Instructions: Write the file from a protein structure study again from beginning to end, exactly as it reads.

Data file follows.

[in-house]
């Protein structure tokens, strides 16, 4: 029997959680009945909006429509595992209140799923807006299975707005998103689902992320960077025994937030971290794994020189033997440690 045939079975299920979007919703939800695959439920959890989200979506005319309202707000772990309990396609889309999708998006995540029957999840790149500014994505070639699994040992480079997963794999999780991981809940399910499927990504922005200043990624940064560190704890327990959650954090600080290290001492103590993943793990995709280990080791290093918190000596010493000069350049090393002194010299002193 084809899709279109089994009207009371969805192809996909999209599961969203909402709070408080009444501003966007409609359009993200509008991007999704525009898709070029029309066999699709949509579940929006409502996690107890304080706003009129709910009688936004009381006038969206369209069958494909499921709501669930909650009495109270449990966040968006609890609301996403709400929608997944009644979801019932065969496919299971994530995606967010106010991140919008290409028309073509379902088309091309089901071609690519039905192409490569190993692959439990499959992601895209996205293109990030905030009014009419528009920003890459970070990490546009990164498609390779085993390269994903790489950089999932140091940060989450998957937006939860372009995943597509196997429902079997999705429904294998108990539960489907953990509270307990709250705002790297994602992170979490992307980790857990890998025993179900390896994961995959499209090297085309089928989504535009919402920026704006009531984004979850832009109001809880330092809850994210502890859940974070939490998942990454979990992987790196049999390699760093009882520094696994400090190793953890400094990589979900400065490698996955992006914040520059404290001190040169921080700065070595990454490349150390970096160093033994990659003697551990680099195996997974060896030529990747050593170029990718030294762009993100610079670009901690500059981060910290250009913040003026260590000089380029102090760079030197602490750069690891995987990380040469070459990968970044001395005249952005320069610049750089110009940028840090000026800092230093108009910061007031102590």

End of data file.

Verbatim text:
[in-house]
């Protein structure tokens, strides 16, 4: 029997959680009945909006429509595992209140799923807006299975707005998103689902992320960077025994937030971290794994020189033997440690 045939079975299920979007919703939800695959439920959890989200979506005319309202707000772990309990396609889309999708998006995540029957999840790149500014994505070639699994040992480079997963794999999780991981809940399910499927990504922005200043990624940064560190704890327990959650954090600080290290001492103590993943793990995709280990080791290093918190000596010493000069350049090393002194010299002193 084809899709279109089994009207009371969805192809996909999209599961969203909402709070408080009444501003966007409609359009993200509008991007999704525009898709070029029309066999699709949509579940929006409502996690107890304080706003009129709910009688936004009381006038969206369209069958494909499921709501669930909650009495109270449990966040968006609890609301996403709400929608997944009644979801019932065969496919299971994530995606967010106010991140919008290409028309073509379902088309091309089901071609690519039905192409490569190993692959439990499959992601895209996205293109990030905030009014009419528009920003890459970070990490546009990164498609390779085993390269994903790489950089999932140091940060989450998957937006939860372009995943597509196997429902079997999705429904294998108990539960489907953990509270307990709250705002790297994602992170979490992307980790857990890998025993179900390896994961995959499209090297085309089928989504535009919402920026704006009531984004979850832009109001809880330092809850994210502890859940974070939490998942990454979990992987790196049999390699760093009882520094696994400090190793953890400094990589979900400065490698996955992006914040520059404290001190040169921080700065070595990454490349150390970096160093033994990659003697551990680099195996997974060896030529990747050593170029990718030294762009993100610079670009901690500059981060910290250009913040003026260590000089380029102090760079030197602490750069690891995987990380040469070459990968970044001395005249952005320069610049750089110009940028840090000026800092230093108009910061007031102590």